A judge in Washington today dismissed a suit that a former grand juror filed against a federal prosecutor and a court official, saying the defendants are immune from liability for their role in removing the man from a panel that was hearing criminal cases in Washington.
The former juror, Peter Atherton, who for years had prosecuted his suit pro se, claimed the prosecutor and the D.C. Superior Court official unlawfully terminated his service for asking too many questions of prosecutors during the grand jury process. Fellow grand jurors, Atherton alleged, were too swiftly voting on cases without a full understanding of the law.
Atherton claimed the prosecutor, Daniel Zachem, an assistant U.S. attorney in the District of Columbia, and the court official, Suzanne Bailey-Jones, had no authority to end his grand jury service. Lawyers for Zachem and Bailey-Jones argued Atherton was disrupting the grand jury and that he was properly removed from the panel.
Only a judge, Atherton claimed in his suit, had the power to end his term. Neither defendant consulted a judge before Atherton was removed. The U.S. Court of Appeals for the D.C. Circuit in 2009 revived his suit, sending the case back to the trial court for a determination of whether Zachem and Bailey-Jones are entitled to qualified immunity.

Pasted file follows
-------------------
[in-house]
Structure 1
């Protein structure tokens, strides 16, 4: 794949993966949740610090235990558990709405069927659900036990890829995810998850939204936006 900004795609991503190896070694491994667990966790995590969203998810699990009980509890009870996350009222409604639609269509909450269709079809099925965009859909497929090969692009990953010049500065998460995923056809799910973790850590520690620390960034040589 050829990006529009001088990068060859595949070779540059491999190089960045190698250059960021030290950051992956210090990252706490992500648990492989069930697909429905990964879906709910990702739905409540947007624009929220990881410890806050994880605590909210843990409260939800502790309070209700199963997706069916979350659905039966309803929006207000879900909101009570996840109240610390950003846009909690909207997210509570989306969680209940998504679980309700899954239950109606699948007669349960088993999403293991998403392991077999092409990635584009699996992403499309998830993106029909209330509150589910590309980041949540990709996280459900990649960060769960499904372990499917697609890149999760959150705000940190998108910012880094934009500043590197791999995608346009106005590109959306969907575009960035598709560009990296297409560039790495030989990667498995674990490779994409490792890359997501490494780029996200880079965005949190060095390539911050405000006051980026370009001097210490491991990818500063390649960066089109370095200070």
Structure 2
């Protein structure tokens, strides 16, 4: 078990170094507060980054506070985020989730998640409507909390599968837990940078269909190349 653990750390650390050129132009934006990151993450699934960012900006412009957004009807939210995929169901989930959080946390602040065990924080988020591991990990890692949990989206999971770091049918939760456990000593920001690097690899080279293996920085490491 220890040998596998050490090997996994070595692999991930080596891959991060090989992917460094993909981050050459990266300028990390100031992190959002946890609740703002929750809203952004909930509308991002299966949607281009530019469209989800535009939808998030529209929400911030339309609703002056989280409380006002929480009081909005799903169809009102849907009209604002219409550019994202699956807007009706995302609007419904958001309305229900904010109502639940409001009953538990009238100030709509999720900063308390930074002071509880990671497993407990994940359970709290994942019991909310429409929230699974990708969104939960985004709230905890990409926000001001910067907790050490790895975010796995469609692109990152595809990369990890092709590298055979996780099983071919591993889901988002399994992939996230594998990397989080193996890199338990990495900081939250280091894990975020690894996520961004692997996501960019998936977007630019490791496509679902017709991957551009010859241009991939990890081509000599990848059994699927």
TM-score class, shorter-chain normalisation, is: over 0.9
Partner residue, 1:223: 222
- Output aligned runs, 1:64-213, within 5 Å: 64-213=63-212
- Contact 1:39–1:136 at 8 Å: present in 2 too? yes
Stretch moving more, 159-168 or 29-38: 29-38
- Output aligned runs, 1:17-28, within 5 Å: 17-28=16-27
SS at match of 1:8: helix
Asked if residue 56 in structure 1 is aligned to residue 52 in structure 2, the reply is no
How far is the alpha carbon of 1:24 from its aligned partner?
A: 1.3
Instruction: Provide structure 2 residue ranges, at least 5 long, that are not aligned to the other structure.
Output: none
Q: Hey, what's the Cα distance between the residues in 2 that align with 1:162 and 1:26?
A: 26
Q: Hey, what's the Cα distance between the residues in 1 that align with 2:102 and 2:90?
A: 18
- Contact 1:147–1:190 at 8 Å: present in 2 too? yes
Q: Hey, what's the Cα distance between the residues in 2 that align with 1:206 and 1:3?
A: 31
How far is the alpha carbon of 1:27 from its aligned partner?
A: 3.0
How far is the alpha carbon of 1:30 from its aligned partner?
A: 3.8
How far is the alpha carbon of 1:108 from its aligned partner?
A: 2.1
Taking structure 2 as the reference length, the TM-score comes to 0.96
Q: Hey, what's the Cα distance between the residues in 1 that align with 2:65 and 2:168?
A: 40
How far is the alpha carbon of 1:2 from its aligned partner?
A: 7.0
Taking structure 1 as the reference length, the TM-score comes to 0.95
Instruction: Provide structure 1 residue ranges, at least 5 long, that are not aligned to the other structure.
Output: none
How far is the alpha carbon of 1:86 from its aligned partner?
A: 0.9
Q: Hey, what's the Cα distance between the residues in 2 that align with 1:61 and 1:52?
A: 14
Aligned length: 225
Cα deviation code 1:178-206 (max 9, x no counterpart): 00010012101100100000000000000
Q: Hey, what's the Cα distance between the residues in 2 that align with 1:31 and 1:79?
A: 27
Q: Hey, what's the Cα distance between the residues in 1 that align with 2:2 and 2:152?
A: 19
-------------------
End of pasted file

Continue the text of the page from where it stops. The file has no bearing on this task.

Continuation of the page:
U.S. District Judge Henry Kennedy Jr. said in a ruling today that Atherton’s suit, pending since 2004 in Washington federal district court, cannot proceed.
For Atherton to overcome the qualified immunity defense, Kennedy said he had to show that Zachem and Bailey-Jones violated a clearly established statutory or constitutional right.
The Superior Court rule in effect in April 2001, when Atherton was kicked off a grand jury, said that the chief judge or “other judge designated by the chief judge” may excuse a juror at any time for any reason.
Then chief-judge Rufus King III said in court papers in Atherton’s case that at the time, there was no process in place for disciplining jurors. Superior Court procedure has since changed, in the aftermath of the Atherton case, to require that the chief judge be consulted before any grand juror is removed from a panel. More background on Atherton's legal quest is here and here.
Kennedy said that even if a constitutional right existed at the time, Zachem and Bailey-Jones could not have reasonably known that their removal of Atherton violated a clearly established right. Zachem then was a supervisory federal prosecutor and not involved in presenting cases to grand jurors.
In his ruling, Kennedy pointed to the lack of formal procedures in Superior Court and the “apparent informal practice” of delegating grand juror removal decisions to the court’s juror office.
An attorney for Atherton, Foley & Lardner associate Benjamin Dryden, did not immediately comment on the ruling. It was not immediately known whether Atherton would seek an appeal. A spokesman for the U.S. Attorney's Office, William Miller, declined to comment.
Updated 1:50 p.m.